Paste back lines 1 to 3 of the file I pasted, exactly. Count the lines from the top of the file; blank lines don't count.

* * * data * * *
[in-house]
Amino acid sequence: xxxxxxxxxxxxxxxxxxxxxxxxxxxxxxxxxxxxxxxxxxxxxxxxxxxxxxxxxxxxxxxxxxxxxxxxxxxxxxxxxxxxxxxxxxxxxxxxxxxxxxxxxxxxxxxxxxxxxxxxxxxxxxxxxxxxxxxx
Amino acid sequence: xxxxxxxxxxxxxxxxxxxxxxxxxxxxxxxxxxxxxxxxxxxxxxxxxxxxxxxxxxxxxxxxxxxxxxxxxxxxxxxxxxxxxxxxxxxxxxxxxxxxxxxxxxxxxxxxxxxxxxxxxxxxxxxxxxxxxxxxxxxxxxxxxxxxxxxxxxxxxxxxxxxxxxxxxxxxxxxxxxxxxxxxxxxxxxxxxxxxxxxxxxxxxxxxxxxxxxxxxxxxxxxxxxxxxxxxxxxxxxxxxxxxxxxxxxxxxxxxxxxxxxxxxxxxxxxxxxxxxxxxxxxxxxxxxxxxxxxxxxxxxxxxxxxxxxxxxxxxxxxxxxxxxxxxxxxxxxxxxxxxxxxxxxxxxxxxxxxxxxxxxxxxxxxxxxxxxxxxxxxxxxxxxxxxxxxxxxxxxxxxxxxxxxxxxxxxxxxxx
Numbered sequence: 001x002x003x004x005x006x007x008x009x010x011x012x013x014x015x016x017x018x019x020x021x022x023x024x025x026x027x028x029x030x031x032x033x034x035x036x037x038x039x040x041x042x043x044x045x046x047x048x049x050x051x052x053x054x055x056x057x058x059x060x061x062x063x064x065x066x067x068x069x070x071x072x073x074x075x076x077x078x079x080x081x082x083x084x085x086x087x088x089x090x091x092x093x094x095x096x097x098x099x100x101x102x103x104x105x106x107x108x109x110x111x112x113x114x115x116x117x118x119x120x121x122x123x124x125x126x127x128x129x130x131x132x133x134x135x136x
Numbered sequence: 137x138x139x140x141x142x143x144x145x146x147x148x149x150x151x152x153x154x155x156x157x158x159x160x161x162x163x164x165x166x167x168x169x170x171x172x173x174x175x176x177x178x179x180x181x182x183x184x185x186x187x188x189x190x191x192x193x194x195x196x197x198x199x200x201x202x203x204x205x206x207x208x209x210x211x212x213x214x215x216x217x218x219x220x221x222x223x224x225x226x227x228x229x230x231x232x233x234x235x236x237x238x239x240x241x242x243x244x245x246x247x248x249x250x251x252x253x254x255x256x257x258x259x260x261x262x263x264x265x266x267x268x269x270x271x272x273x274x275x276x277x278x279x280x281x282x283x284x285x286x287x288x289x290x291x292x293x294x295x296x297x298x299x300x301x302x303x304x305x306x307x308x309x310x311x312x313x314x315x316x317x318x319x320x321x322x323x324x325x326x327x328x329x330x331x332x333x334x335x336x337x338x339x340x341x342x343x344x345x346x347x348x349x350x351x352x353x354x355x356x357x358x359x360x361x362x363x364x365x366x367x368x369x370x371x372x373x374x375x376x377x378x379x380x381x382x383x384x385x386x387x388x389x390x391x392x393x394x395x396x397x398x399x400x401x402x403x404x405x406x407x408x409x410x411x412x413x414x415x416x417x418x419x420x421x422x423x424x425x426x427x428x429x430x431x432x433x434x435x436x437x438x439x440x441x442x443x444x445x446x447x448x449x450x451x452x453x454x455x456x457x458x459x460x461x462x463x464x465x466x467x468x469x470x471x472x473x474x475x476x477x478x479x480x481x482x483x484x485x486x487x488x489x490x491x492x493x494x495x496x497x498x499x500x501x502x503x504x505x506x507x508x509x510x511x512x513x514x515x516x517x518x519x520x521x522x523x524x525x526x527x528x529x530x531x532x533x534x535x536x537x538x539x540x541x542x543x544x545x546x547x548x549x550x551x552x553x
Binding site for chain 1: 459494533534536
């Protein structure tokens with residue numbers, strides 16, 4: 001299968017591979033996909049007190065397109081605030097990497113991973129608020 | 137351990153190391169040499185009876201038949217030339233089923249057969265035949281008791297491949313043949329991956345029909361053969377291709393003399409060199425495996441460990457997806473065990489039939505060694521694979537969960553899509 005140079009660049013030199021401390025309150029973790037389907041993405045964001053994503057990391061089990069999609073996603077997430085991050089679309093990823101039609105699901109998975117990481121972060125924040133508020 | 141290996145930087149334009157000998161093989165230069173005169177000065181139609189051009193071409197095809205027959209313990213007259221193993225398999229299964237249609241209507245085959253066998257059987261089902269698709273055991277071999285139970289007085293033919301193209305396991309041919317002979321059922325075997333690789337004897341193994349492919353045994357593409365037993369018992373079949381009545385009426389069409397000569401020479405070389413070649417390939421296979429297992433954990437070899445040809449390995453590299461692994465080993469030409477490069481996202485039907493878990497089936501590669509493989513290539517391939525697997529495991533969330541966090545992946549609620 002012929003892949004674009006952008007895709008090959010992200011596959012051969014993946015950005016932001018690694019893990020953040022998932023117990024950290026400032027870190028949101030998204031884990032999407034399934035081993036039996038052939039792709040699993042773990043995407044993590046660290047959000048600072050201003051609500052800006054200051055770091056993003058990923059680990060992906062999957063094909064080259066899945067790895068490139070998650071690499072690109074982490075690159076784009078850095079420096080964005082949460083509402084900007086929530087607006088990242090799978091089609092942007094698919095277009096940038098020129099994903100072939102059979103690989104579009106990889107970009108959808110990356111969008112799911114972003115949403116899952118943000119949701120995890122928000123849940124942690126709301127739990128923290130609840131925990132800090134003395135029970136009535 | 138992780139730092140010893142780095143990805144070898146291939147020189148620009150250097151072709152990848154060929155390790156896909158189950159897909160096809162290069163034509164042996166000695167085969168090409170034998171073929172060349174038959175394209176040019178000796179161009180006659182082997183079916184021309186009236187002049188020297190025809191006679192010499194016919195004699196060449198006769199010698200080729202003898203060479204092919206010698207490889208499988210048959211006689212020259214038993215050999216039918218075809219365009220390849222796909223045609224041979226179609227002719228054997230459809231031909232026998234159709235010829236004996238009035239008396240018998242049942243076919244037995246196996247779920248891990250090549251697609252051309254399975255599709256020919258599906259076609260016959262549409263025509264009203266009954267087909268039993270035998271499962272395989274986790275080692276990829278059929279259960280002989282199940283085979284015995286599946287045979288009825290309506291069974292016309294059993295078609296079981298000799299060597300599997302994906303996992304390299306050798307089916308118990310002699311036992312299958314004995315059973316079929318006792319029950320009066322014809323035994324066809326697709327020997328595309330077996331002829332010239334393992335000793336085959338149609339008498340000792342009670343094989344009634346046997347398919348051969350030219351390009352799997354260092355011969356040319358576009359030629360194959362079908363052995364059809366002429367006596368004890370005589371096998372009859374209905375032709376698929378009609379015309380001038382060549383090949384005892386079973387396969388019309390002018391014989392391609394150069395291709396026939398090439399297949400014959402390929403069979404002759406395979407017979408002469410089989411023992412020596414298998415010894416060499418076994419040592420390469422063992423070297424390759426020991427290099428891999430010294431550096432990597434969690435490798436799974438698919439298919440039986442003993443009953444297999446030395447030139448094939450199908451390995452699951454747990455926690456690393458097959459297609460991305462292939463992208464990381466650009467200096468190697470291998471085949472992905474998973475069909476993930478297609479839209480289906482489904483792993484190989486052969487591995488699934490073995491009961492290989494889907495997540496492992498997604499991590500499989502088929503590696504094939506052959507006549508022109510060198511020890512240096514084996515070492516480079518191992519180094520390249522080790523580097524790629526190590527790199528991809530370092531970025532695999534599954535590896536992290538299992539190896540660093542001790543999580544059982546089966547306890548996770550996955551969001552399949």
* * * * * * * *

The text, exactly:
[in-house]
Amino acid sequence: xxxxxxxxxxxxxxxxxxxxxxxxxxxxxxxxxxxxxxxxxxxxxxxxxxxxxxxxxxxxxxxxxxxxxxxxxxxxxxxxxxxxxxxxxxxxxxxxxxxxxxxxxxxxxxxxxxxxxxxxxxxxxxxxxxxxxxxx
Amino acid sequence: xxxxxxxxxxxxxxxxxxxxxxxxxxxxxxxxxxxxxxxxxxxxxxxxxxxxxxxxxxxxxxxxxxxxxxxxxxxxxxxxxxxxxxxxxxxxxxxxxxxxxxxxxxxxxxxxxxxxxxxxxxxxxxxxxxxxxxxxxxxxxxxxxxxxxxxxxxxxxxxxxxxxxxxxxxxxxxxxxxxxxxxxxxxxxxxxxxxxxxxxxxxxxxxxxxxxxxxxxxxxxxxxxxxxxxxxxxxxxxxxxxxxxxxxxxxxxxxxxxxxxxxxxxxxxxxxxxxxxxxxxxxxxxxxxxxxxxxxxxxxxxxxxxxxxxxxxxxxxxxxxxxxxxxxxxxxxxxxxxxxxxxxxxxxxxxxxxxxxxxxxxxxxxxxxxxxxxxxxxxxxxxxxxxxxxxxxxxxxxxxxxxxxxxxxxxxxxxxx